From: TrapperKayak
Date: 07-May-18




I'm surprised the hunting in CO cwd positive areas, esp with 25% occurrence, is not halted for human safety since it is possible to contract it according to some. Seems to me to be a pretty passive stance on the issue by CO fish and game dept. Why test for it if nothing is going to be done to keep people from contracting it? Another money talks issue? Curious...

From: Shinkers
Date: 07-May-18




There's nothing definitive saying that CWD can transfer to humans. There's just way too much money in hunting to start cutting permits with the lack of hard evidence at this time.

I'd also say that despite the fact that CWD is spreading here in Utah, the quality of hunting in the last 10 years has gone up in my unit.

That's not to say that CWD may not eventually catch up to the herd and do it's damage, but I'm not aware of any significant culling or disease loss.

From: Seahorse
Date: 08-May-18




The fact that it originated here and spread like wildfire, without baiting, is the very reason that it is a timebomb where baiting IS allowed.

From: David A.
Date: 08-May-18

David A.'s embedded Photo



The scary thing is the prions have been discovered in plants...consider the implications if it can "infect" crop plants such as wheat, corn, potatoes, beets...what happens when an infected deer's dropping are in crop fields?

I suspect there are numerous studies underway on this, most perhaps secret, by the big ag companies. What's scary is that the stuff could be spread by the dirt on your boots, tires, maybe even by wind? A lot of money needs to be put into reseach NOW to understand the full scope of things, including soil, plant, and deer material from long ago to nail down the history of this.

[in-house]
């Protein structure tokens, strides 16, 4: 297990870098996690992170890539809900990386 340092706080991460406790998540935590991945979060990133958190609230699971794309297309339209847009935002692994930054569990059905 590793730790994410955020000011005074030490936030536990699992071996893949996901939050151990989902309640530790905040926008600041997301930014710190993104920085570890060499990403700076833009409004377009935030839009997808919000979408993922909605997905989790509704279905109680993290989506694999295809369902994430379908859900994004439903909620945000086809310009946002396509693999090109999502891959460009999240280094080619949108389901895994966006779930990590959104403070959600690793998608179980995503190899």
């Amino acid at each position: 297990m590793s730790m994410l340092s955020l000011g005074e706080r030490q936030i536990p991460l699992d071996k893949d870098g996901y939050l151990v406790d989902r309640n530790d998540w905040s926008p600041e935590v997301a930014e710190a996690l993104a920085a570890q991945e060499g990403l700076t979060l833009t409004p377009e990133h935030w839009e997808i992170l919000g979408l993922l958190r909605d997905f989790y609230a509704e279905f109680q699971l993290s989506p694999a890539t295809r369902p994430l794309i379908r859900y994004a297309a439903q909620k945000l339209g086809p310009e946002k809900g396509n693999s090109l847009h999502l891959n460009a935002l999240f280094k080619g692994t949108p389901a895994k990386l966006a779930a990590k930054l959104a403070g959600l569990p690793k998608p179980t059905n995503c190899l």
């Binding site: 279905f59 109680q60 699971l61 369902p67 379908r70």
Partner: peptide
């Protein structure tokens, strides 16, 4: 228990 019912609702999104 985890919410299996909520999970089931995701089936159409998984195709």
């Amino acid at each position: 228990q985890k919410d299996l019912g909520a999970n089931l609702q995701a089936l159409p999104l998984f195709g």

IMO, a small amount of hunting tag/license dollars should go to help funding, We need a lot of researchers working on this, not just a few.

Hunters can help by urging wildlife agencies and others to get going on this, If it does infect the general food supply separately from game animals, it could be a disaster esp. if the prions are capable of mutating...even that apparently is an unknown.

All of the questions about CWD do have answers....we need those answers NOW.

From: WhitetailHtr
Date: 08-May-18




I will amend my comment that once even one deer is found with CWD in your area, your quality deer hunting is (correction: is likely to be) over. NOT from that one deer per se, but from the ensuing deer killing to follow to "eradicate" CWD. But I guess that it depends on how your DNR responds to it. I did use too broad a brush in that statement. Sorry about that.

I should clarify my experience: at least in the midwest state that I have hunted for over 40 years, once a CWD positive deer is found in the county there is no limit to antlerless bow and gun tags in that specific county, as well as DNR sharpshooters over bait. Buck restrictions are lifted in the county as well. Extra gun season. That course of action goes on for years. The deer population gets pounded year after year. BTW baiting has NEVER been allowed in the state.

If you think that the unrestricted killing of deer in a geographic area does not impact the quality of the deer hunting, then you and I obviously have vastly different deer management and hunting experiences. Maybe your state handles it differently. If so, good for you.

I'm having trouble understanding how CWD can be "eradicated" in a state. The prions are in the soil waiting for the next deer to come in contact with them. At that point, CWD is no longer eradicated. Unless everything that I read from CWD biologists is incorrect. IF unrestricted killing is what's required to stop the spread, then I can accept that. But how can CWD be eradicated once the prions are in the soil?